Santorum even caused a minor flap when he criticized President Obama’s comments that suggested everyone should go to college. Santorum said that some would benefit from trade schools, vocational training, apprenticeships, and the like. I can tell you, as a college professor, that if everyone went to college, many simply could not do the academic work at that level. It would eviscerate what’s left of higher education standards. Defining down what is controversial links up well here with the dumbing down of our population. If the President thinks that it is only intellectual and semi-intellectual work that is good for people, he should take a look at what the Church has said about the dignity and value of all honest labor. He should also realistically see the situation out there: Many college graduates today are not getting the kinds of jobs, or the pay, they thought their degrees would guarantee. Some can’t find jobs at all.
The media and the secularist bloggers got especially charged up by Santorum’s 2008 lecture at Ave Maria University, where he said that Satan has especially been targeting the U.S. For those who foolishly believe that there is nothing but the physical world, this was preposterous and a sign that Santorum must be a religious fanatic, obscurantist, or something like that. Obviously, the reality of the fallen angels is a main teaching of Christianity. Maybe those of a secularist-empiricist mind-set should talk to a diocesan exorcist if they have any doubts. Of course, their more basic skepticism here is about the nature of evil itself, which many of them have long-since come to believe is a result of social conditions, or institutions, or a psychological malady of some kind.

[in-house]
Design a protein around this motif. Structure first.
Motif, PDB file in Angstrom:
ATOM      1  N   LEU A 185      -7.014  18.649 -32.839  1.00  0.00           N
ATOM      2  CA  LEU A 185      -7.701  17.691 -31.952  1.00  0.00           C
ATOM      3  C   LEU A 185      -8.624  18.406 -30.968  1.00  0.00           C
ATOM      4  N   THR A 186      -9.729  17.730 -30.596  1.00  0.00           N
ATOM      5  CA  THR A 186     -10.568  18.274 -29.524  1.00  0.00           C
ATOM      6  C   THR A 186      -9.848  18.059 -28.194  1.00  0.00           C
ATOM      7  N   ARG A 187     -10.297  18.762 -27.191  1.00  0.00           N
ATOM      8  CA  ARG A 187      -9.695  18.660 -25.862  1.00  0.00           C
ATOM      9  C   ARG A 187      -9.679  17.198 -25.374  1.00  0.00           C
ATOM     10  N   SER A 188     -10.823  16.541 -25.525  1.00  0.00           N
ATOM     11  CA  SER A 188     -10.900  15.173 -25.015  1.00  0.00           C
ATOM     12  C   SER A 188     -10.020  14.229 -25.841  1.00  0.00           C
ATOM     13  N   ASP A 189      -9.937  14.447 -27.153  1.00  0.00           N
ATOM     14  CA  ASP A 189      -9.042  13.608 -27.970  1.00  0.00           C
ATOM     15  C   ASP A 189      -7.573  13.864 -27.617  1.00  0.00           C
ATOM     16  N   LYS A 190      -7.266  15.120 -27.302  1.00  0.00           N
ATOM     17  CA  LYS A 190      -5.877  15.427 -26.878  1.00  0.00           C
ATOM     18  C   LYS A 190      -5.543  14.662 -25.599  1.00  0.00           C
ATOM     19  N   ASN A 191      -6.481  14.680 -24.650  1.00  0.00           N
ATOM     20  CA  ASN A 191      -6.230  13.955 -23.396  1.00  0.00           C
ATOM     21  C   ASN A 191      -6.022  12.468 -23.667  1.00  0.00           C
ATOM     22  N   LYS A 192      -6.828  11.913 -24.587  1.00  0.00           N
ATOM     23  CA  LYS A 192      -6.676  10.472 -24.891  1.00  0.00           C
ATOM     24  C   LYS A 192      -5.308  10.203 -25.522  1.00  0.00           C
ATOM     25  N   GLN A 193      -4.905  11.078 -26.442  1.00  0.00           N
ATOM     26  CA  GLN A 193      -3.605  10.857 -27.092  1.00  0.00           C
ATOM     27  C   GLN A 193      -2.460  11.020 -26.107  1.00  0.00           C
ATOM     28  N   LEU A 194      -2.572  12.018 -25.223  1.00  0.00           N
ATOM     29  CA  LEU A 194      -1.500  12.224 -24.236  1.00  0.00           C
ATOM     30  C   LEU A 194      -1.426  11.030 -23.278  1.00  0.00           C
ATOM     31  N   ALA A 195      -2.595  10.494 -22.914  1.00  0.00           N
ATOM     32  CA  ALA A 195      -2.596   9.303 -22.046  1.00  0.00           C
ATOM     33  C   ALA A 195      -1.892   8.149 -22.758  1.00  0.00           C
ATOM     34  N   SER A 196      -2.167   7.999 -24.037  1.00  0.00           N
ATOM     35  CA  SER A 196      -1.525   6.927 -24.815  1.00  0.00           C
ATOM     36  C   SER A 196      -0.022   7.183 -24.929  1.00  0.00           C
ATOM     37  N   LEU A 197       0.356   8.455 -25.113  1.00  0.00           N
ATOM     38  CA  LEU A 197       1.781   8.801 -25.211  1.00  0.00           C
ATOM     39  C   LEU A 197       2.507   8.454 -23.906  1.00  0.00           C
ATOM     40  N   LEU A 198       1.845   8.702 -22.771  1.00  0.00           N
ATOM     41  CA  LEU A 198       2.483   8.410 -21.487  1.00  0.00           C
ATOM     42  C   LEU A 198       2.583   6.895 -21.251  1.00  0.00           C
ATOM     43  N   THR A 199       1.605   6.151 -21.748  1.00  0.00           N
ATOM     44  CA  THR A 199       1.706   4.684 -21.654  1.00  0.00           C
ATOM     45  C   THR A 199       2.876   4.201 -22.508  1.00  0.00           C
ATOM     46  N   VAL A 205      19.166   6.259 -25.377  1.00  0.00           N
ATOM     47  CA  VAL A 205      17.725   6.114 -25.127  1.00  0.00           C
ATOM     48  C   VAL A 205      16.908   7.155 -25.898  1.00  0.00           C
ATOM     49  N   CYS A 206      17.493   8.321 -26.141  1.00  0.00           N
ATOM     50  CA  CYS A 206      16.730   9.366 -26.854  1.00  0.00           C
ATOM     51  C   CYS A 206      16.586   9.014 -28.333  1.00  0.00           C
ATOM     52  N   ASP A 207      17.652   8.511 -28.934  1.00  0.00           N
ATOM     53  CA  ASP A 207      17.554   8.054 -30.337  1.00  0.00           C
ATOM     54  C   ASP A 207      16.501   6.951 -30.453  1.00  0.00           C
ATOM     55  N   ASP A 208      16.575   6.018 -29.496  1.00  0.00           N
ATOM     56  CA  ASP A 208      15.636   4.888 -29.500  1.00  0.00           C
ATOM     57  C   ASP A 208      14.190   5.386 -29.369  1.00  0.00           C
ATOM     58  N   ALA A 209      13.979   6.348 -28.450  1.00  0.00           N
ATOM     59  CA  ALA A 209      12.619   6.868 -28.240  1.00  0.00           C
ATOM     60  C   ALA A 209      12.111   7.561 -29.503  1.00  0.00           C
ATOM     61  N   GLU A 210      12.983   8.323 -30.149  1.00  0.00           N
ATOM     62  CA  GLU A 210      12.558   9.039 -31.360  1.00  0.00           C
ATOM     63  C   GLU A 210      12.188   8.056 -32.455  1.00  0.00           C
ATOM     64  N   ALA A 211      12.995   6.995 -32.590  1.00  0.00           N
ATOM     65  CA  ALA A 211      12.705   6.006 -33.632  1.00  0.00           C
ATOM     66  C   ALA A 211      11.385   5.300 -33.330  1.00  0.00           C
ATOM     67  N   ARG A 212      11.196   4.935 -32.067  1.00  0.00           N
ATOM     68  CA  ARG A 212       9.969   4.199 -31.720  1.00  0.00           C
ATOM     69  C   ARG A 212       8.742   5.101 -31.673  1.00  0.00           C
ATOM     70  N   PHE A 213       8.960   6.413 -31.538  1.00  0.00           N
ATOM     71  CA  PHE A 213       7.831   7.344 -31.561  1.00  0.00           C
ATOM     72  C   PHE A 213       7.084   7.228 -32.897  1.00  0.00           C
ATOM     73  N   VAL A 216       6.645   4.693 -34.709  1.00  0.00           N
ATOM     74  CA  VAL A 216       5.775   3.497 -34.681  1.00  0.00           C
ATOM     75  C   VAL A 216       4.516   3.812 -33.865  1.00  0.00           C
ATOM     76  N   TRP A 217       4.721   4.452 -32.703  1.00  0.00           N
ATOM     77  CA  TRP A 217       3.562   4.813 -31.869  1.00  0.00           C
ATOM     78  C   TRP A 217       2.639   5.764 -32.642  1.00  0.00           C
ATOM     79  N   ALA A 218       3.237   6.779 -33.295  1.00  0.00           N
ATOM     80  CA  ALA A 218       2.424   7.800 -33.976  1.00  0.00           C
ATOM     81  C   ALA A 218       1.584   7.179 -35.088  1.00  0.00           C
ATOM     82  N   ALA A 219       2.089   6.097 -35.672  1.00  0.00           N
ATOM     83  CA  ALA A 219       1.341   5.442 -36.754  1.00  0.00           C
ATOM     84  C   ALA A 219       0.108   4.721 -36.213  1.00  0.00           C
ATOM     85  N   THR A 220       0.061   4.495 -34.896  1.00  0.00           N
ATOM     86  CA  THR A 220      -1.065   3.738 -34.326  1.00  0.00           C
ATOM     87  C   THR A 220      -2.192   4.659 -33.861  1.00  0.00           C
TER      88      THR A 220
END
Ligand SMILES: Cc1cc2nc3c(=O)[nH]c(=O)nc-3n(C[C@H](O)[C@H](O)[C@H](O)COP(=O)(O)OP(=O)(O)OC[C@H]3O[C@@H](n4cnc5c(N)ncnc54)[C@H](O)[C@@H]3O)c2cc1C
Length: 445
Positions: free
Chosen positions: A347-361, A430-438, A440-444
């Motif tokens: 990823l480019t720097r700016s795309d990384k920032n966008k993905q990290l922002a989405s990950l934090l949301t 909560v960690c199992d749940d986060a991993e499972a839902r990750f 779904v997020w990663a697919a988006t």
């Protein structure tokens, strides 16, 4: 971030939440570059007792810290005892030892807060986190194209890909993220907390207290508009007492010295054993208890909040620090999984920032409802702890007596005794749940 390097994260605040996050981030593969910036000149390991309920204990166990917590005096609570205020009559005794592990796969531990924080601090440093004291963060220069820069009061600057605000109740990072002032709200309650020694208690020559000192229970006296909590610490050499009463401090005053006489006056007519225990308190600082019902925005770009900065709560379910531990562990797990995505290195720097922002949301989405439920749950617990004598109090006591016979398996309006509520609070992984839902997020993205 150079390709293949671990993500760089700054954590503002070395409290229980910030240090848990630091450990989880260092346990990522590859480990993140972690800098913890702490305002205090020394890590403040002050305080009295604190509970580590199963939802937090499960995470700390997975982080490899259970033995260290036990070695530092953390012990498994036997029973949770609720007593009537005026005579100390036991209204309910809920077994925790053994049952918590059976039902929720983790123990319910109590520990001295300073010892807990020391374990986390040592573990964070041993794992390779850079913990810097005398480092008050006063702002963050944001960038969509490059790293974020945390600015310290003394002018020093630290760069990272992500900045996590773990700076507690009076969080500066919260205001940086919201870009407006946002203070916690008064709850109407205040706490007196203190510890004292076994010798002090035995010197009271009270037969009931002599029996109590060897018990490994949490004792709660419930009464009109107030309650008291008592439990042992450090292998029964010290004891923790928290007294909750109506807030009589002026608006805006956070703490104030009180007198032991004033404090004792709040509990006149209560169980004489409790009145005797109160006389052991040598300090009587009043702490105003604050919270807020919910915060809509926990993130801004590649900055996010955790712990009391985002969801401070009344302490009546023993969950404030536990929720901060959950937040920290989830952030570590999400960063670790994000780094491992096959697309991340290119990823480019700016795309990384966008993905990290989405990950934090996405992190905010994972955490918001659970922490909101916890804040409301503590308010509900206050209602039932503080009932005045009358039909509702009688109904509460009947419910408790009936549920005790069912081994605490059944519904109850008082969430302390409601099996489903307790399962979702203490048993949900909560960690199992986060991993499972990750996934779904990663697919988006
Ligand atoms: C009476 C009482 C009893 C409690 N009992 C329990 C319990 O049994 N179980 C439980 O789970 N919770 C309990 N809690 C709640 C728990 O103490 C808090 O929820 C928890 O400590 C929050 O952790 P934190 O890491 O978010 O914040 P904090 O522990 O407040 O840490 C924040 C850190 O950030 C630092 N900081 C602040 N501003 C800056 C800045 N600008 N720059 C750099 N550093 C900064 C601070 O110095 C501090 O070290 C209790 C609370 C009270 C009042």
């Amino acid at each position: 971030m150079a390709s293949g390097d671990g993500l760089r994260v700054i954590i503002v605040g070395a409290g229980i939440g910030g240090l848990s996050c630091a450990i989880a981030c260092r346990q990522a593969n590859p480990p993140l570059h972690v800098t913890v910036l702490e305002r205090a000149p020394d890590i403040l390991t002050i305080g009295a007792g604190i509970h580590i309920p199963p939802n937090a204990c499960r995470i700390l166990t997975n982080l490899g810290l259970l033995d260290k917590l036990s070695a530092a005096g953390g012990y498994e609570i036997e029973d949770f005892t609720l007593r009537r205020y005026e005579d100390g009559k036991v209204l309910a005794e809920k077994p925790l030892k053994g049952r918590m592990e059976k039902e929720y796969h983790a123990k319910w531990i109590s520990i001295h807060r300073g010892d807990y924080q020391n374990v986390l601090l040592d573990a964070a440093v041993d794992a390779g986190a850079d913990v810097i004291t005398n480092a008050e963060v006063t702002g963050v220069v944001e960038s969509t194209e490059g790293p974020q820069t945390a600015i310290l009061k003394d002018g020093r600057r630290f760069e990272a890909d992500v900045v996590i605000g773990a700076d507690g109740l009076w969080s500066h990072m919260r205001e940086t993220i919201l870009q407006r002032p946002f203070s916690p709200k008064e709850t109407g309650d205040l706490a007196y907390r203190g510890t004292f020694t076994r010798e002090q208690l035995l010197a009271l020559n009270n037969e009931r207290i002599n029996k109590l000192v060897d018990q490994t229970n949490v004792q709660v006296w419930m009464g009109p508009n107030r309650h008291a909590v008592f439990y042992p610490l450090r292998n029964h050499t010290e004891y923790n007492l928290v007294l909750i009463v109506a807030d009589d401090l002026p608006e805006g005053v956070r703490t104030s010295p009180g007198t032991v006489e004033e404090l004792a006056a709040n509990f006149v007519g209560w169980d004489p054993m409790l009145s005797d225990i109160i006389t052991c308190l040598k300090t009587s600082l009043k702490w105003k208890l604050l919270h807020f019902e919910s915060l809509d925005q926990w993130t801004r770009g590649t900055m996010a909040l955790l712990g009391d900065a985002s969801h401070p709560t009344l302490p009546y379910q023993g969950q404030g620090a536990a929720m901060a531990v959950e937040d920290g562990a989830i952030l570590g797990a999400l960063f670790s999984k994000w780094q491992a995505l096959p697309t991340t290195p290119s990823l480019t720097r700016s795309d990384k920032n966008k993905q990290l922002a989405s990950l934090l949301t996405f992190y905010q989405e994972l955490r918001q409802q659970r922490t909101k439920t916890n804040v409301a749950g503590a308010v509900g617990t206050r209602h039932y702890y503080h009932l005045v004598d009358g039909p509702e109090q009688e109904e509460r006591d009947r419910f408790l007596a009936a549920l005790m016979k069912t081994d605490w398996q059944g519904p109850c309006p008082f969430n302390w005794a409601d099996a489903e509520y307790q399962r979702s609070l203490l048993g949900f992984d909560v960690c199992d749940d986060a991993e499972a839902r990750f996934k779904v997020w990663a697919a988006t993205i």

It is striking how the gatekeepers of public opinion keep defining down more and more the nature of the controversial. The realm of acceptable discussion keeps getting narrower—even if it involves very serious matters of public policy or that affect social problems before the country or that go to the heart of the human condition. They do this both because they are trying to further fashion the public’s mind-set in a leftist-secularist direction—the new political orthodoxy—but also because they lack the intellectual, moral, and spiritual formation to see anything beyond what they think. Indeed, as with Santorum they scoff at anything outside their ideological and “dumbed-down” philosophical universe.
It is good that Santorum—probably not entirely intentionally—has raised these kinds of questions. We are often told that someone seeking public office should steer well clear of topics such as these. One might ask, however, who has a better podium than a presidential candidate? We might also bear in mind, first, that the heads of great nations are not just political leaders but also, in a genuine way, moral leaders and, second, that the most crucial issues confronting America today are ones of fundamental beliefs and principles. These are, of course, the very things that define what a country and a people are.
Certainly, the last major American political figure to talk so openly about good and evil was Ronald Reagan. He did not get nearly so specific as Santorum, however. It is also not so clear that Santorum is able to do it with the deftness and prudence that Reagan did. So, it remains to be seen if he is able to truly stimulate a national conversation about long overdue moral and even policy issues without allowing the array of political, media, and academic opponents—the opinion-makers—to successfully label him an extremist or a religious fanatic. Also, after the further cultural decay of the intervening decades it is not so clear that the American public is as capable of responding to such themes as it was thirty years ago. As columnist and himself one-time presidential candidate Patrick Buchanan wrote, “Santorum is betting that Americans still believe this is God’s country.” At the very least, though, Santorum may have taken the initial steps toward recovering the long-forgotten educative function of politics.
Stephen M. Krason is Professor of Political Science and Legal Studies at Franciscan University of Steubenville and Co-Founder and President of the Society of Catholic Social Scientists.